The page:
Veteran female rockers return to scene

Singers resume careers after raising their children

August 03, 2004|By Julia Keller | Julia Keller,CHICAGO TRIBUNE

"`No one's young forever.'

Well, I just laughed

I turned to leave around the corner

And the years went past."- "You Can't Go Back," Patti Scialfa

It works like this: When you're young, you dream big dreams. Wild dreams. Outrageous dreams.

Then you grow up, get married, make a family. Along the way, you wad up the dream like a tie-dyed T-shirt - the kind of bold, crazy thing you'd never wear outside the house anymore - and you stash it in the attic.

But Patti Scialfa, Patti Smith and Annie Lennox didn't get the memo. No one told them that people in their late 40s, 50s and 60s - especially women with children - are supposed to settle down, keep that attic door closed.

Instead, in an extraordinary creative confluence that defies conventional ideas about age and gender and the shelf life of passionate imaginations, these female musicians are resuming careers that took a breather for child-rearing and home-making.

It's as if each woman were determined to recut the path to her creative center, a path sometimes obscured by the twisting foliage of everyday existence. Each woman is trying to answer T.S. Eliot's quietly urgent question: "Where is the Life we have lost in living?"

Scialfa, 50, has three kids, ages 13, 12 and 10. She recently released the CD 23rd Street Lullaby - which reached No. 2 on Amazon.com's sales rankings and has garnered mostly glowing reviews - 11 years after her first album Rumble Doll. In the past decade, her solo career had played second banana to family obligations - including husband Bruce Springsteen's tours and albums, on which she sings backup.

Smith, 57, a fiery, long-limbed legend in the 1970s for her slashing music and vividly original poetry, slipped from the scene in the late 1980s after marrying and bearing two children. Her latest CD, Trampin', which sold some 9,000 copies in its first week and has been almost unanimously hailed by critics, is livid with rejuvenated energy and eclecticism.

Annie Lennox, 49, the arrestingly androgynous half of the 1980s pop duo the Eurythmics, ratcheted down her public persona in the 1990s to raise two children. This summer, she's touring with Sting, performing songs from the eerily melodic 2003 CD Bare, which sold more than 150,000 copies in its first week.

This renaissance of creativity from mature women with children also includes Loretta Lynn, 69-year-old mother of six. The country icon released Van Lear Rose a few months ago, her first album in four years - and the first in her career in which she wrote all the songs.

The re-emergence of these artists defies the common notion that women must choose between their children and their muses, that creative achievement is incompatible with domestic duty. And it shreds as well the tired idea that children are a kind of substitute for artistic creations - that women who are mothers shouldn't continue to ache to express themselves.

Musicians such as Scialfa, Smith, Lennox and Lynn are following a new kind of career trajectory: Early success, followed by a voluntary hiatus in favor of home and family, then a return to the fierce demands of art.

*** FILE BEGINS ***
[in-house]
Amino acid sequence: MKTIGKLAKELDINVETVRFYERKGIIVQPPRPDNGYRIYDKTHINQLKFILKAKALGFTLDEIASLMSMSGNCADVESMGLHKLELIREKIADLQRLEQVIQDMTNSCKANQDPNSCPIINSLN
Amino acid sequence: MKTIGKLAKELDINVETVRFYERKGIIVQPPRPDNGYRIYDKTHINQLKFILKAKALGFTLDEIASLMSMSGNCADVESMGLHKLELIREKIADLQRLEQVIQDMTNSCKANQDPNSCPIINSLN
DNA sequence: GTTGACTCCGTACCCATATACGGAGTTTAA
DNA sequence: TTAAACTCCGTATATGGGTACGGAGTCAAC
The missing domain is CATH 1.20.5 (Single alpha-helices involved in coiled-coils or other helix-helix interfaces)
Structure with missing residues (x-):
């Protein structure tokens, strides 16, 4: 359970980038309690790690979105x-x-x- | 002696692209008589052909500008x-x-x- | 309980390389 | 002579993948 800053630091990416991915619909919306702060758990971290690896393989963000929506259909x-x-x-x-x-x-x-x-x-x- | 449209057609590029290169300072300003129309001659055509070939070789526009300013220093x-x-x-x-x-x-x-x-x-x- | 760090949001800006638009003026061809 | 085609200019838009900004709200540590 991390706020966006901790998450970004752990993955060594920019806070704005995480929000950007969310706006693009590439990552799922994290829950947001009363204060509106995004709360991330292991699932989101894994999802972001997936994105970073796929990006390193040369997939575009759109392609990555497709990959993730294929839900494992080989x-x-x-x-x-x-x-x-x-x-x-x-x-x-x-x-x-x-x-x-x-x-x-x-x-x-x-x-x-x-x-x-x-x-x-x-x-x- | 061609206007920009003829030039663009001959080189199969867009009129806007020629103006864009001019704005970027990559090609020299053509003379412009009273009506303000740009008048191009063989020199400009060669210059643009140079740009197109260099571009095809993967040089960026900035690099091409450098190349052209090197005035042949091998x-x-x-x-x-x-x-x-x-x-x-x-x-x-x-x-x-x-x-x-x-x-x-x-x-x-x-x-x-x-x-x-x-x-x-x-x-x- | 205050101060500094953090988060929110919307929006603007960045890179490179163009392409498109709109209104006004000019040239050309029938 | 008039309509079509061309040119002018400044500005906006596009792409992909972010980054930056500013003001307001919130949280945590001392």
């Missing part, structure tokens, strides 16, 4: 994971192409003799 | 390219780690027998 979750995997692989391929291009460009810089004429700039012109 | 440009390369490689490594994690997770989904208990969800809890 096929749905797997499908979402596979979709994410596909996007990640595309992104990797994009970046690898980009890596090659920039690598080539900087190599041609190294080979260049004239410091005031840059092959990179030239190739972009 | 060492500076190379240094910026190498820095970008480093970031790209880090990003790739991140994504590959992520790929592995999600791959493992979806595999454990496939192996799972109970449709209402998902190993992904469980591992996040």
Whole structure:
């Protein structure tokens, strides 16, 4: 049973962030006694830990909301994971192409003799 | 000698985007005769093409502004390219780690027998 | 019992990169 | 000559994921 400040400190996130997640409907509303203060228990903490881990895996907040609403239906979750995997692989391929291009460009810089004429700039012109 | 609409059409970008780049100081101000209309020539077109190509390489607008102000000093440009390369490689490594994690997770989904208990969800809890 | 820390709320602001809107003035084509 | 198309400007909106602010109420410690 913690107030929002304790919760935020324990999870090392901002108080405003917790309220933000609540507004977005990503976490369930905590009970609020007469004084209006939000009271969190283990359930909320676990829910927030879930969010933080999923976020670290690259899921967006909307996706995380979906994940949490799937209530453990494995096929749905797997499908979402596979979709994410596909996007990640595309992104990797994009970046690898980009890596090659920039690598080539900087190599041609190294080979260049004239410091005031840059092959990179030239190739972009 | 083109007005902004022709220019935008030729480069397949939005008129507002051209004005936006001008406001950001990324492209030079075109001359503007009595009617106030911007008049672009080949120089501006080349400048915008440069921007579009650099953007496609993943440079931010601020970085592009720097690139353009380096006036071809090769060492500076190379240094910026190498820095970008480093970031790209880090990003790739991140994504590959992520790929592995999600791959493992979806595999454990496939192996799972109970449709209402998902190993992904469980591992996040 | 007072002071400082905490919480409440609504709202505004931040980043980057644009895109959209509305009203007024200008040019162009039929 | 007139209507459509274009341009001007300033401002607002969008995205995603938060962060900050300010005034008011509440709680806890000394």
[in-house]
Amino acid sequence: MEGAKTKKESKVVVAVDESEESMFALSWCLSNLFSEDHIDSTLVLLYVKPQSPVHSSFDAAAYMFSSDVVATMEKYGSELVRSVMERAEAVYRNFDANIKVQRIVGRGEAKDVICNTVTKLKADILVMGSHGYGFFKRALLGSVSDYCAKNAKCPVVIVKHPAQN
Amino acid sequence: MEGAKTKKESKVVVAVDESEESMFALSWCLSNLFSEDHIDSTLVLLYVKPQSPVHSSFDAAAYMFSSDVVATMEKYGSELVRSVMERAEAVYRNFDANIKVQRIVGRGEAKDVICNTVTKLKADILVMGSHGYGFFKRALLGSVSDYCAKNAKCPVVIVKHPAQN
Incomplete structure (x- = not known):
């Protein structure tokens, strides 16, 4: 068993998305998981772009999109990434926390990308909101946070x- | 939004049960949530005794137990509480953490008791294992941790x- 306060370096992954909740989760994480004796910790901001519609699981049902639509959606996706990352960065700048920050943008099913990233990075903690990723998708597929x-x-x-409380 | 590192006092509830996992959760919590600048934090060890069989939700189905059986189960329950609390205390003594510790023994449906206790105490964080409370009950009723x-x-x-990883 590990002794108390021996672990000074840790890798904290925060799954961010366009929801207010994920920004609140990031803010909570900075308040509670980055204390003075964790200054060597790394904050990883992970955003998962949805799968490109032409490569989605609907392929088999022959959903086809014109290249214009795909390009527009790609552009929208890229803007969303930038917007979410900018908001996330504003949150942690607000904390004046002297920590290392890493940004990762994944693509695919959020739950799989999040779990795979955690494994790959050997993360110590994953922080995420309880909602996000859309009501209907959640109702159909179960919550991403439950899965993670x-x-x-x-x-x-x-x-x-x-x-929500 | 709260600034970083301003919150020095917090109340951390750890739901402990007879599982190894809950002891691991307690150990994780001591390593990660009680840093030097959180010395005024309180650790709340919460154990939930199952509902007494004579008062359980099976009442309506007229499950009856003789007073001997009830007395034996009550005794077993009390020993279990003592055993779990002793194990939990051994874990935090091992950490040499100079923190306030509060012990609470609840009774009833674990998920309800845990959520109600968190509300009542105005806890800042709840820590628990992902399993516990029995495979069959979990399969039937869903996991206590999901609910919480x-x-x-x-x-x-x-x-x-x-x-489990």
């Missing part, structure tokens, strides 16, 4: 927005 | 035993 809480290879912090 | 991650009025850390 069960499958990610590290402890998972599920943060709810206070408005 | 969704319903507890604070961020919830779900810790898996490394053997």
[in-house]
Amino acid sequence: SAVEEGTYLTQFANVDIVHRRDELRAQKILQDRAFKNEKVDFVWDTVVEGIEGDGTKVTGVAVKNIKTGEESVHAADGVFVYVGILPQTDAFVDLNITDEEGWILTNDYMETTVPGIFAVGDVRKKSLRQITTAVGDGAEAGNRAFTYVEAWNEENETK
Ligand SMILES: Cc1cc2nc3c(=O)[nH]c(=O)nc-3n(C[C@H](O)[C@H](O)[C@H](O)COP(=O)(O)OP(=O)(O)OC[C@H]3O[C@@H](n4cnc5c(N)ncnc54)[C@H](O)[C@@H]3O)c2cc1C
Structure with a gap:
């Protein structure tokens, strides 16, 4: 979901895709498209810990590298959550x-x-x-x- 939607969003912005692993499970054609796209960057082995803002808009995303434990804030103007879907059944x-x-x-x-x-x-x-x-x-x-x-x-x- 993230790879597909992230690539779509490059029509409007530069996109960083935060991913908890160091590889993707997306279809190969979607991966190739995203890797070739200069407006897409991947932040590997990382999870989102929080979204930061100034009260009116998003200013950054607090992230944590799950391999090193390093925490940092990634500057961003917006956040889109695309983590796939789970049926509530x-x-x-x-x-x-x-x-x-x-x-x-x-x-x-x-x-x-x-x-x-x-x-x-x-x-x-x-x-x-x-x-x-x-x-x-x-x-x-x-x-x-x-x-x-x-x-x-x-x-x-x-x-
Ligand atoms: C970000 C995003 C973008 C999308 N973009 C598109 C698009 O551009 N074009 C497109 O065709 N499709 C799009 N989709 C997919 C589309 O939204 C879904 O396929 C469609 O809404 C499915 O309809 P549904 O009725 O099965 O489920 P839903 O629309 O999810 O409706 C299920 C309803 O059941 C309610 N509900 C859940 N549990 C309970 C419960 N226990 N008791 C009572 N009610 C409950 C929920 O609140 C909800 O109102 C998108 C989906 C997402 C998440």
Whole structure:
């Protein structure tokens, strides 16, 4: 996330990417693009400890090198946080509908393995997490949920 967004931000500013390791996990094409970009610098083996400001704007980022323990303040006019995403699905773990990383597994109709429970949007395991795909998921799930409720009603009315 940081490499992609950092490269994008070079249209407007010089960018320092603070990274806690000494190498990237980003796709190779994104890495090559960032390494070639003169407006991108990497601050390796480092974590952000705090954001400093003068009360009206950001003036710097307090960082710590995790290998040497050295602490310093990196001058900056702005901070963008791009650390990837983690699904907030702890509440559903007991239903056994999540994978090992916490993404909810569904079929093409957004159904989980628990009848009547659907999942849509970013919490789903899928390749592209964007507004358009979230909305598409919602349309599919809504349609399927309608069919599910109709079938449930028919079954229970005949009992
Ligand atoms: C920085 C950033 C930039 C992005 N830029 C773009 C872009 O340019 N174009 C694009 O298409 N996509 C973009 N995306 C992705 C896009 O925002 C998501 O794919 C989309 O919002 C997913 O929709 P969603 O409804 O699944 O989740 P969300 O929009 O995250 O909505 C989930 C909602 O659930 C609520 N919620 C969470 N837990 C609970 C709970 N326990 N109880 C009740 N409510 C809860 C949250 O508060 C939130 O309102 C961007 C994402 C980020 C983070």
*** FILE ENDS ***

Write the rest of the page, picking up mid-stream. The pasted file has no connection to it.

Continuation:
Like all cultural changes, this one is shaped by many factors. Audiences themselves are aging, and they want to see their experiences reflected in artists who have lived full and varied lives. A century's worth of progress for women has gradually scratched away at the thick barrier that used to divide the world between "career gals" and wives and mothers.

Call it the anti-Britney Spears effect: These women have lived awhile and look it. And they have something to say.

Until recently, though, they weren't free to say it. The history of creative women has not included much sympathy or understanding for women who wanted to do both: make art and babies. As Tillie Olsen argued in her classic 1978 book Silences, women traditionally were forced to choose - between their ambitions and their responsibilities; between top-40 hits and happy children; between being poets and novelists and being wives and mothers. That took a toll on female artistic output, Olsen insisted, and resulted in unnatural silences.

Some were stifled after a single great work - think of Emily Bronte - while others never got going in the first place. The thing about wasted potential, of course, is that the world doesn't know what it lost.

To create and maintain their art, women must believe that what they say is worthwhile. They have to step up, as Lynn does in "Story of My Life," the last song on Van Lear Rose, and confidently declare, "Well, here's the story of my life/Listen and I'll tell it twice."

Too often, women's voices - especially the voices of women whose lives were associated with domestic tasks - went unheard, as Olsen noted. Until the 20th century, when women's lives were unshackled and their imaginations sought creative expression, the world missed many treasures because no one bothered to look.

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